In 2017, with the threat of closure and demolition hanging over the ‘mall’, as it has been for several years, and in the aftermath of a stabbing incident, the Charlie Chaplin feels a bit bleak. At some point it contracted to a single large room on the ground floor and received a half-hearted faux-Victorian makeover, leaving it neither thrillingly modern nor genuinely cosy. Given the tendency to connect the fate of pubs with that of the white working class it was interesting to see that the regulars were roughly fifty-fifty black and white, mostly solo drinkers, and entirely male. At one point a young woman in office clothes came in and took a seat by the window. As she talked on her mobile phone the woman behind the bar came over and asked her brusquely if she intended to buy a drink or not. The young women told the person on the phone, pointedly, that they should meet in a different pub instead, and left. We weren’t made to feel unwelcome in any overt, specific way but it did feel as if we’d intruded upon a private party, or perhaps a wake. It was literally and spiritually gloomy.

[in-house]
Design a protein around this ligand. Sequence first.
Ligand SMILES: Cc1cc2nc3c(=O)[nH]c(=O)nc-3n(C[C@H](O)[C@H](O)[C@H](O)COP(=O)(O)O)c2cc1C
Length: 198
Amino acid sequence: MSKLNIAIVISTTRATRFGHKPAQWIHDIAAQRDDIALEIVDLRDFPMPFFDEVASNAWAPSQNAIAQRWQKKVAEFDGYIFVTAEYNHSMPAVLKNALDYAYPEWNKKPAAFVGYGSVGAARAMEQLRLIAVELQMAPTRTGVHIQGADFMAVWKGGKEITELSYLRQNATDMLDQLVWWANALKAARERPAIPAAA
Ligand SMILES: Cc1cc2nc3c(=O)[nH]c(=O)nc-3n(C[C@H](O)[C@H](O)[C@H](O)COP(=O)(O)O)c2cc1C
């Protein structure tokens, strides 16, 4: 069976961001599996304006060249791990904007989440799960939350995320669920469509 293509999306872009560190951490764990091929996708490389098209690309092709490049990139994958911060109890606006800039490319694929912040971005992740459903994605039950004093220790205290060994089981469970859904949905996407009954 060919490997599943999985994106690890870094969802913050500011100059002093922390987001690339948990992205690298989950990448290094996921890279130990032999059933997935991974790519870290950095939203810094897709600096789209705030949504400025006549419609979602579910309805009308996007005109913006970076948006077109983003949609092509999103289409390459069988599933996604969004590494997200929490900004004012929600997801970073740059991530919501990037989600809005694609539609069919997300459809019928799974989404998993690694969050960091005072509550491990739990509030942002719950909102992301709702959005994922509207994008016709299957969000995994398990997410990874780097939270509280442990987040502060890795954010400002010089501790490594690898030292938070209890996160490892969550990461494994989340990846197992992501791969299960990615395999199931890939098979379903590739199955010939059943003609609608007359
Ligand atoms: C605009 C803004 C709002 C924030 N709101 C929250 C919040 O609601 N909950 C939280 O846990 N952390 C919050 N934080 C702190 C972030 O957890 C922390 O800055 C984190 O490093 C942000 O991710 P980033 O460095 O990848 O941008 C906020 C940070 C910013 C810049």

The Elephant & Castle neon sign in 2017.
The Elephant & Castle photographed in February 2017.

Across the road (or, rather, under it via the subway labyrinth) is the Elephant & Castle the history of which we’ve written about before as part of a round-up of 1960s Truman’s pubs so here, for variety, we’ll quote Danny Gill’s 2012 memoir Have Trowel Will Travel (via Google Books) which features a chapter on the pubs in this area as they were in the 1960s and 70s:

[The designer] must have had shares in a mirror company, as soon as you walked in the door there were mirrors everywhere, on the walls, toilet doors, behind the bar, and also some on the ceiling. The only place there weren’t any mirrors was on the floor. No matter where you stood in the pub, as you raised your glass to your mouth, your reflection was everywhere you looked. I must say I didn’t like this pub; it was too open for me and felt cold.

The bare ceiling of the Elephant & Castle pub.